In general, we believe that the ETI business is undervalued, partly due to the non-payment of dividends in the past years, in markets where investors expect to receive dividends. Now we have consolidated our structure and are in a growth phase with well-calibrated methods and markets.
To answer your question: we have technological know-how in payments and corporate financial services. It is clear that such companies are certainly more valuable when put together in a single block. You have to be pragmatic and opportunistic. We have all the options on the table.
ETI is one of the banks clearly committed to digitalisation strategy
African fintech has been experiencing an obvious craze for the past two years, with major capital injections from international players, while evolving in a regulatory framework that could be considered “lighter” than that of banks. Is this fair competition?
From a purely payment perspective, a bank is at a disadvantage because it has a higher cost of capital. The difference is regulation, with financial ratios to be respected. But banks also have their own range of products. Fintechs cannot offer – for the moment – loans, savings products and many other banking services.
Banks can create money, for example, and have the means to use this status to access markets and offer a wide range of services. Will fintechs become banks? If they do, their profitability will be affected, but they will then have the range of banking products that they do not have today. What is certain is that we cannot avoid a digitalisation strategy, which is effective and very lucrative, given the absorption capacity of the markets. ETI is one of the banks clearly committed to this niche.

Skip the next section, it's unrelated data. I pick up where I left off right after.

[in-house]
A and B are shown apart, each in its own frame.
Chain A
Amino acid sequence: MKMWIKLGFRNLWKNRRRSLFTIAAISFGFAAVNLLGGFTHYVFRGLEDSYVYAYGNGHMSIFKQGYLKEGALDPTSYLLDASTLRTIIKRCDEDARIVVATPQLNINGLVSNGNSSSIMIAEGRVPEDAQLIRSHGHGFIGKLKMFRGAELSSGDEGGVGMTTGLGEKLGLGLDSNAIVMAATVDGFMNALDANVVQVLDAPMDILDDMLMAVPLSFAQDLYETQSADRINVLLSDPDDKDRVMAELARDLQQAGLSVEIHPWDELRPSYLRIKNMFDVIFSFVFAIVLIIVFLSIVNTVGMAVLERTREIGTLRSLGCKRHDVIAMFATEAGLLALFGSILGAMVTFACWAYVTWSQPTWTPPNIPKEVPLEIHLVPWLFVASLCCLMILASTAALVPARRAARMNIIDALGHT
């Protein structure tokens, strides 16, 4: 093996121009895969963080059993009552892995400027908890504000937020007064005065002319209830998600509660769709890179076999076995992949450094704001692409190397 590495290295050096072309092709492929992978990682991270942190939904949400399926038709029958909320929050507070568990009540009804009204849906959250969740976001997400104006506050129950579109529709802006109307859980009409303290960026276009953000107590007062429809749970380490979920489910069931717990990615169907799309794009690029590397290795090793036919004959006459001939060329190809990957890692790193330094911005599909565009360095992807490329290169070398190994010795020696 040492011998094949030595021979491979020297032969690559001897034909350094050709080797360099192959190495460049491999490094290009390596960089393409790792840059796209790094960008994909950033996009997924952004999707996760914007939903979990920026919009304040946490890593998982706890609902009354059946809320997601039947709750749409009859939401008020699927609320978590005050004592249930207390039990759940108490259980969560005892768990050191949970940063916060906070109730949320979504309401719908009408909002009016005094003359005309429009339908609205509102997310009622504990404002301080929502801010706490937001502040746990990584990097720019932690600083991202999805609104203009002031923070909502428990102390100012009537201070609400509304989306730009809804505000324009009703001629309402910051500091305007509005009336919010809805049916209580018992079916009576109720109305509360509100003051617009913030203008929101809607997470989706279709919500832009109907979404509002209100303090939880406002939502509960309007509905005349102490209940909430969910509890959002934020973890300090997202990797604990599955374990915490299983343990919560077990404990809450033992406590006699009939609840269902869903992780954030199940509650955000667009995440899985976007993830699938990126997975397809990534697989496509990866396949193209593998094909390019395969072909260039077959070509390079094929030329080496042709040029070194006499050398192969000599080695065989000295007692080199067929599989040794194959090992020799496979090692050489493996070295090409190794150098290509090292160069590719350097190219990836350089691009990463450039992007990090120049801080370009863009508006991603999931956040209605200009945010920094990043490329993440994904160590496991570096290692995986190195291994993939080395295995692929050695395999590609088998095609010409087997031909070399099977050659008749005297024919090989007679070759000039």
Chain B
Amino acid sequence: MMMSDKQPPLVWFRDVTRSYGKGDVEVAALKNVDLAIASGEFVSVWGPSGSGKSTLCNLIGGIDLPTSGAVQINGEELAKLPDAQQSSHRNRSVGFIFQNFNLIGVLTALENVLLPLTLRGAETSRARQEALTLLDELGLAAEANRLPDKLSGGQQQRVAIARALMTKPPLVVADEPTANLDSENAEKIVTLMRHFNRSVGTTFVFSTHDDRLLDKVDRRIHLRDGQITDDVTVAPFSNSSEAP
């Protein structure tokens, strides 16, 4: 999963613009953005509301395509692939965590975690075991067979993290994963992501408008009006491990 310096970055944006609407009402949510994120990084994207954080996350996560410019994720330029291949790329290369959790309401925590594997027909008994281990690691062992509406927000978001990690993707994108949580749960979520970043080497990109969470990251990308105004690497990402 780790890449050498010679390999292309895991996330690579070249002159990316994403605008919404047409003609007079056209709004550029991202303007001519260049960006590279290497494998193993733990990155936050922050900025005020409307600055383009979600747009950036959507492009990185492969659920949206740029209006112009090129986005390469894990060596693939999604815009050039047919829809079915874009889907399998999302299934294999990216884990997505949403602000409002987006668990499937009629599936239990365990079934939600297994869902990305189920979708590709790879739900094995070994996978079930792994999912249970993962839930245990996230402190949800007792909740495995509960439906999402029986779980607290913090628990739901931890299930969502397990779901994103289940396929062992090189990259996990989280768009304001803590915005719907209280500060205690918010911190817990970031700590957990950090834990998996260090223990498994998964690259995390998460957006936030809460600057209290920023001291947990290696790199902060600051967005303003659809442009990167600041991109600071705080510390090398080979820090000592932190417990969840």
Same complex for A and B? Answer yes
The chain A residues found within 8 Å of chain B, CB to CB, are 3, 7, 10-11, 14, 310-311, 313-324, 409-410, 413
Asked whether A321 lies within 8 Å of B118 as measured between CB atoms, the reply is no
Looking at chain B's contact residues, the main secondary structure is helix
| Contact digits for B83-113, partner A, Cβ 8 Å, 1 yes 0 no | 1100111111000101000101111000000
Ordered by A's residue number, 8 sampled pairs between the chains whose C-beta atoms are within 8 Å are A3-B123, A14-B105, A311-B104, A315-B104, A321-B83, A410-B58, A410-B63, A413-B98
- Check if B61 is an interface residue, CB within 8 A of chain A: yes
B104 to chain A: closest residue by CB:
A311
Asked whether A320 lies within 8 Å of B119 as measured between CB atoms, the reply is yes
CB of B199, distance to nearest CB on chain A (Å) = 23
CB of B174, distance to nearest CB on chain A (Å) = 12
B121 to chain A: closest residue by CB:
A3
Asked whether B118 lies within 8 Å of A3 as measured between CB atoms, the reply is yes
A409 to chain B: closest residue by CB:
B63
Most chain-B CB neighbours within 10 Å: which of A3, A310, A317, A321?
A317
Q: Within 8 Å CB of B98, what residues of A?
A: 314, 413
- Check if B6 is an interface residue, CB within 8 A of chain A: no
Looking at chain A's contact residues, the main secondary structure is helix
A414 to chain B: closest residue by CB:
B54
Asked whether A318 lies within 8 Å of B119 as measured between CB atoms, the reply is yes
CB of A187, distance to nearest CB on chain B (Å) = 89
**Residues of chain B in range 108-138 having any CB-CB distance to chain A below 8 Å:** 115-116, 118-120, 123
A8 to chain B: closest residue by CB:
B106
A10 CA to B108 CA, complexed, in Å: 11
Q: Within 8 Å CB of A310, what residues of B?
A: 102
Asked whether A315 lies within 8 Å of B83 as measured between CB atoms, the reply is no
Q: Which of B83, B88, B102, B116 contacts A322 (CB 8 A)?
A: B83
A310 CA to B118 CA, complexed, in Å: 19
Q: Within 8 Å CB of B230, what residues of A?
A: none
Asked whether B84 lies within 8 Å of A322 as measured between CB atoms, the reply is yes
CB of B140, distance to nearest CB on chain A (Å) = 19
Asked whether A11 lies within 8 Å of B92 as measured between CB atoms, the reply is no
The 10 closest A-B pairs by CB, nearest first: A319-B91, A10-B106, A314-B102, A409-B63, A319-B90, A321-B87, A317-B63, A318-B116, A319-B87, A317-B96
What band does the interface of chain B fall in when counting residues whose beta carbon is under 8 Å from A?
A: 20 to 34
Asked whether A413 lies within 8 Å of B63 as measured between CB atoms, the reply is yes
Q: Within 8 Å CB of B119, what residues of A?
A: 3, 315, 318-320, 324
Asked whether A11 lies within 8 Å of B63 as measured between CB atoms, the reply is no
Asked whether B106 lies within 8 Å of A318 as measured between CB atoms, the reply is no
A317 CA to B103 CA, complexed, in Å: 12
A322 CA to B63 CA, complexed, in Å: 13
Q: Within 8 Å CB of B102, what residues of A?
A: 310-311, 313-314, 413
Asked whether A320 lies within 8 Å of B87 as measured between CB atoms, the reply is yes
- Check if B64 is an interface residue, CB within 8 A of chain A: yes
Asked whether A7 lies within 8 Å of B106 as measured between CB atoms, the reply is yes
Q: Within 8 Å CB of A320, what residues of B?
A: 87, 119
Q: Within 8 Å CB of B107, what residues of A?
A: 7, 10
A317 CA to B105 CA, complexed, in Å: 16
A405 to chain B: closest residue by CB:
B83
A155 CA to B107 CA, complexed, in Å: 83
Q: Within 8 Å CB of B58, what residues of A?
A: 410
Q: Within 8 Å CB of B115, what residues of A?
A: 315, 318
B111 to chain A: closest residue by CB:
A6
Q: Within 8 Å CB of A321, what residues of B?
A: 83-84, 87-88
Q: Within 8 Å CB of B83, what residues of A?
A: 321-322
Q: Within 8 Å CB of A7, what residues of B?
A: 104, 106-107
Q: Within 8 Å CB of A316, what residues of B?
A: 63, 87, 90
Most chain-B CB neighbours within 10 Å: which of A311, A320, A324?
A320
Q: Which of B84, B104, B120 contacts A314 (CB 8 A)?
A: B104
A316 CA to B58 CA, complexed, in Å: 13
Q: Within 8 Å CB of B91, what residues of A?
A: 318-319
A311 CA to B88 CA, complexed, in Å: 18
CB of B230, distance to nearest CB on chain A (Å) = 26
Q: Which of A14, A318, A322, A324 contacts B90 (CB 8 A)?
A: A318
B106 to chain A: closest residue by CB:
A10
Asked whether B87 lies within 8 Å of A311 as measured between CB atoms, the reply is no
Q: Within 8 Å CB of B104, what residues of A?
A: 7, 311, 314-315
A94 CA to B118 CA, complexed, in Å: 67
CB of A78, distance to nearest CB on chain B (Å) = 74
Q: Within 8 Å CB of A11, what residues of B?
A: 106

The recent record valuations – with the emergence of a number of African “unicorns” – for some people evoke echoes of the internet bubble of the late 1990s. Do you think the risk of overvaluation is real?
Let’s say that these are technology products with a valuation method that tends to take into account future revenues, and the potential for growth, without taking into account actual revenues.
We are now in a phase of redefining standards with rising inflation and interest rates: the approach to valuation may indeed change.
Countries that share a common future should allow themselves the right to a say in the management of each other’s economies
Ecobank has a direct stake in the progress and the success of the African Continental Free Trade Area (AfCFTA). How do you respond to those who feel that these ambitions and timetables are excessive?
The AfCFTA marks a de facto recognition of the sub-optimal nature of national borders. Strategically, it makes a lot of sense. The cost of building a road is roughly the same in a country with a GDP per capita of $700 as it is in a country with a per capita GDP of $15,000. However, the ability to finance the needs and get a return in the form of an economic multiplier differs according to the size of the economies. For many countries, belonging to a larger group makes sense.
But there are barriers (taxes, exchange rates, free movement of goods and people). Regional integration cannot be optimal if it does not involve the subsidiarity principle of political power, without a more intrusive political involvement in the sovereignty of states. Countries that share a common future should allow themselves the right to a say in the management of each other’s economies…